What S. Africa's blacks think of whites
Cape Town — Many South African whites have strong opinions about how they are regarded by the blacks who form the vast majority of the population. But they are often astonishingly wide of the mark.
Even the security police, who employ strings of informers to monitor black thinking and to watch for signs of "trouble," seem to fail miserably time and again.
But now a professor of economics at the University of Cape Town, Prof. J. D. Simpson, has compiled a report on the attitudes of representative urban blacks. It emphasizes how deeply blacks and whites are divided, and the hostility that appears to be growing toward whites.
According to the survey, blacks are deeply suspicious of white motives, even when the whites appear to be doing something in the interests of the blacks.
They also believe that whites have an "inborn hatred" of blacks, and that whites consistently desire to dominate blacks and be "superior."
One man said: "The whites try to maintain superiority even when they are stupid."
Curiously, the blacks interviewed preferred the Afrikaners to the English-speakers, whom they regarded as often more polite but "insincere." The Afrikaners (those of European, especially Dutch, ancestry) were more openly hostile, said the blacks, and consequently easier to deal with.
The blacks also tended to lump all whites together as essentially "cold" in their personal relationships -- even with other whites. They commented on how seldom whites actually laughed -- in contrast to the hearty laughter of "friendly" blacks.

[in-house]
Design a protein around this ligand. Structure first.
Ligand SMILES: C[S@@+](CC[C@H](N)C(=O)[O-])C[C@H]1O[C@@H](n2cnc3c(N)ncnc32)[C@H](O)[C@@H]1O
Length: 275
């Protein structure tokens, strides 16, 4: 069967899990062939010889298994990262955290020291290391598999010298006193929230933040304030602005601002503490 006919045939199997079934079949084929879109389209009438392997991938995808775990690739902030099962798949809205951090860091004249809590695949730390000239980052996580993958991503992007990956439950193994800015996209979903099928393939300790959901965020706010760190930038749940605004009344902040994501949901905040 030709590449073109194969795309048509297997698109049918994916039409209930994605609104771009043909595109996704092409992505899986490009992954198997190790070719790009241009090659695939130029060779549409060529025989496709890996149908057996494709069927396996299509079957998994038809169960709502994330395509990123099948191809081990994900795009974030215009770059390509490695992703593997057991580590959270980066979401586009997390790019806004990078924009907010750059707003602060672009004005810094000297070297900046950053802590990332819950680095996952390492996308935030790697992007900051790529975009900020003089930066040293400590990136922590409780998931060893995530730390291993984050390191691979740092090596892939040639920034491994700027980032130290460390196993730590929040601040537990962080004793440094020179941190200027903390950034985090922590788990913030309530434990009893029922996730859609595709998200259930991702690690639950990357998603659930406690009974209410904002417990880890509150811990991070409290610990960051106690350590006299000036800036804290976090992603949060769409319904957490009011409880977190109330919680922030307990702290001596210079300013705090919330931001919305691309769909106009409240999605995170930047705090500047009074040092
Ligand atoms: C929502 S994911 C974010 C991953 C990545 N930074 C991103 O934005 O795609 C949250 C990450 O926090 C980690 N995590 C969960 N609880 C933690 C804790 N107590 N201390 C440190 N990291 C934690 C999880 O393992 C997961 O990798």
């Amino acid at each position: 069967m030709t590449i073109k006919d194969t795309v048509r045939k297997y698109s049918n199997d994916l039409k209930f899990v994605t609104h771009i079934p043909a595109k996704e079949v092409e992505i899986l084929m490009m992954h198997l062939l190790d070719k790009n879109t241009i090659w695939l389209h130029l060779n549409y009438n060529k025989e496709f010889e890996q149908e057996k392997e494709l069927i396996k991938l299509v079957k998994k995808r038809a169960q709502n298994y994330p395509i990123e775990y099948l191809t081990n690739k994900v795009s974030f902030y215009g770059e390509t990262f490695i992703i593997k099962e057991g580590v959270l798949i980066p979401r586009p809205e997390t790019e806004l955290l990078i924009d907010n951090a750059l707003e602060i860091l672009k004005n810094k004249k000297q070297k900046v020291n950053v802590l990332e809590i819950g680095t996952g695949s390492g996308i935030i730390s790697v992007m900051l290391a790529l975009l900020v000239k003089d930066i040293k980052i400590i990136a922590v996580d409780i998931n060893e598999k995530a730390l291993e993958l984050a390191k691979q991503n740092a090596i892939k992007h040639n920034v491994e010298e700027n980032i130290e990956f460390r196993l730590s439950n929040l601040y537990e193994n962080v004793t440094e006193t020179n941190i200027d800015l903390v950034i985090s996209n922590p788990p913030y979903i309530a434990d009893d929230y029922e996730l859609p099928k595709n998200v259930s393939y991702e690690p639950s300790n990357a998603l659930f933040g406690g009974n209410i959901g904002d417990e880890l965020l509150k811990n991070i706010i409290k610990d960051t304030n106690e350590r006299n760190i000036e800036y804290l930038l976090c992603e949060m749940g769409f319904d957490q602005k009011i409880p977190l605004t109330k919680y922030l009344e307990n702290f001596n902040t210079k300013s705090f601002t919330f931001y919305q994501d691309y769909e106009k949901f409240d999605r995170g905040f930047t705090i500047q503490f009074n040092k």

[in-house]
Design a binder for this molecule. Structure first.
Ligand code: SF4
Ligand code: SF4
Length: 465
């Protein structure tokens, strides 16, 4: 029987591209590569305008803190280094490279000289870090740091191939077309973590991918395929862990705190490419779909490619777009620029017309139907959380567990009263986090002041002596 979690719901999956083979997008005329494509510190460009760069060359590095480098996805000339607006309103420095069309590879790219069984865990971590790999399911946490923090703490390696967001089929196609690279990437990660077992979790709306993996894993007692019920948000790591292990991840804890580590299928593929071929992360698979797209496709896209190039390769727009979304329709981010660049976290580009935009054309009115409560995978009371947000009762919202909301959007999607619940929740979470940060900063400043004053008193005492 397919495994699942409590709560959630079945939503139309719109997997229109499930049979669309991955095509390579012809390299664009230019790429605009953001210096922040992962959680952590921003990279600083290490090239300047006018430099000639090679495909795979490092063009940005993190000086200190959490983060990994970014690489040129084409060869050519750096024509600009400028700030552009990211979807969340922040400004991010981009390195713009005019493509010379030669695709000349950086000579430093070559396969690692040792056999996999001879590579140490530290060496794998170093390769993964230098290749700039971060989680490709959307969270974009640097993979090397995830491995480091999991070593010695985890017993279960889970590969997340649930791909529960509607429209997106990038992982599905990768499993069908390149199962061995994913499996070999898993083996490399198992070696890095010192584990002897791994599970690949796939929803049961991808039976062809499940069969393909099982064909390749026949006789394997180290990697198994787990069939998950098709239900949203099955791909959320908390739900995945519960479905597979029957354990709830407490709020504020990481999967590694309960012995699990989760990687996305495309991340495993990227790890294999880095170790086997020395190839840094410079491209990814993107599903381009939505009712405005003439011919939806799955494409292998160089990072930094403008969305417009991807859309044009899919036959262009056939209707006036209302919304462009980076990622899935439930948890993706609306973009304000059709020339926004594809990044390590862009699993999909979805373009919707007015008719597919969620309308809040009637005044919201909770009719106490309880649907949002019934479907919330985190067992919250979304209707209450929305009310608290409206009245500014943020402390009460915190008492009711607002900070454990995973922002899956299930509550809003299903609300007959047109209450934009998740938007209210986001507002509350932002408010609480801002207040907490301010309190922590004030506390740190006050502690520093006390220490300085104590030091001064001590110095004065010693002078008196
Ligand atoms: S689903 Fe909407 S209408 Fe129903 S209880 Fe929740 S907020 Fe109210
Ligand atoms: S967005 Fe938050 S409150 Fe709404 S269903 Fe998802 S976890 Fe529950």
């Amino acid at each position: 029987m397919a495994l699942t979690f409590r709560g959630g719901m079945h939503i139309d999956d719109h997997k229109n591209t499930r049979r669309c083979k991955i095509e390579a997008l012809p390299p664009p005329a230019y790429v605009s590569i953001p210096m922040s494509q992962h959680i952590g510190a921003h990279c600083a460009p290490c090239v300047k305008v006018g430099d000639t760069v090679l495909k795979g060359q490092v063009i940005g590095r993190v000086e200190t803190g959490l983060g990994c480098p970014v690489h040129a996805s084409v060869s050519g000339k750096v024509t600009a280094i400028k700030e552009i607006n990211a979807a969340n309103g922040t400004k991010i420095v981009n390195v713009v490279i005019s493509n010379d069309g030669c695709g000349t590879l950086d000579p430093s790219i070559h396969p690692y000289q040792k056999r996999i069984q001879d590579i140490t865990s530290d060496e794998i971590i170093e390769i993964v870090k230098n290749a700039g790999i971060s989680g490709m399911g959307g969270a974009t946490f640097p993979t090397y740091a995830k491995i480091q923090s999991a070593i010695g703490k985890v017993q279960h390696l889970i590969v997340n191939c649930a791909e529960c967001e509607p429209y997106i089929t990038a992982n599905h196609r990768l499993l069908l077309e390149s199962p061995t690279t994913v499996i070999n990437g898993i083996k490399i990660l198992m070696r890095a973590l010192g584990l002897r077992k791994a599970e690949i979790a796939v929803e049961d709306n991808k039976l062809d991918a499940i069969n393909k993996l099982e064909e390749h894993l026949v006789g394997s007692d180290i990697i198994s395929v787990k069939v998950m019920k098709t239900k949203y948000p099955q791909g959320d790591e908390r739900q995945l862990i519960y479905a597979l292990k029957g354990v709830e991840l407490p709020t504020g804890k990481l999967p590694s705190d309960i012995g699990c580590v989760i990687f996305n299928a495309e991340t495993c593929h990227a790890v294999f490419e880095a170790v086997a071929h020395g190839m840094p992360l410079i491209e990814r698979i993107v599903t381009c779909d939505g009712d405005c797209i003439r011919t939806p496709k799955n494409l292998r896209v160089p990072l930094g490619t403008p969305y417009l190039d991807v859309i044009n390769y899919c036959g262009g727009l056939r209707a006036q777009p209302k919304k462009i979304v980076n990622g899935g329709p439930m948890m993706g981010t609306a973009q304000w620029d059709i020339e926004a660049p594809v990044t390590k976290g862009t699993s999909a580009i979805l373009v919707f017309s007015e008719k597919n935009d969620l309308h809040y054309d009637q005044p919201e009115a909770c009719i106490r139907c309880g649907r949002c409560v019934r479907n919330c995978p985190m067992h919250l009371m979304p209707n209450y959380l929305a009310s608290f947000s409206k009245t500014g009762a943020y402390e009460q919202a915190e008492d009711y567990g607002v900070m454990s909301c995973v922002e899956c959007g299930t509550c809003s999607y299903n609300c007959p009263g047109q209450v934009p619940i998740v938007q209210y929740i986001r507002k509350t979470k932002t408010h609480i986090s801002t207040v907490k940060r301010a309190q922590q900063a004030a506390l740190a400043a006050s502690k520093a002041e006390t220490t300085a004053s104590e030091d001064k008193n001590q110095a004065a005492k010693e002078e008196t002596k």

The blacks also said they were appalled at the whites' bad manners, especially by the "disrespectful" way they treated old people.
If there is comfort in the survey for whites, it is that the blacks apparently regard violence as "futile" as a means for advancing their position. Nor do they wish to integrate with the whites.
Said a representative black: "We should live like them, not with them. We are not interested in living with them. We do not like them, and we are bitter about the way they treat us."
The blacks are bitter about the standard of black education, and time after time emphasized that this had to be improved if blacks are to be able to make any worthwhile advance.
Without a good education, they do not believe they will be able to compete for better jobs against whites, improve their economic and social position, or gain an effective political voice.
Blacks also appear to be yearning for a strong leader. And they are angry that potential leaders are in jail, or "banned," or in exile.
Because of the way they are treated, the blacks associate capitalism with "selfishness, greed, and exploitation," the survey finds. "Free enterprise" was something that "does not affect me, because I am black."
And a communist "is a real Christian. Because everybody should be equal."
Meanwhile, the urban black is "very cynical" about talk of "changes" to the South Africa system of apartheid, which enforces economic, social, and political segregation.
At best, as one man said, "The government is giving us half a loaf. I would rather have no bread. And I want to see a change in my lifetime, not when I am dead."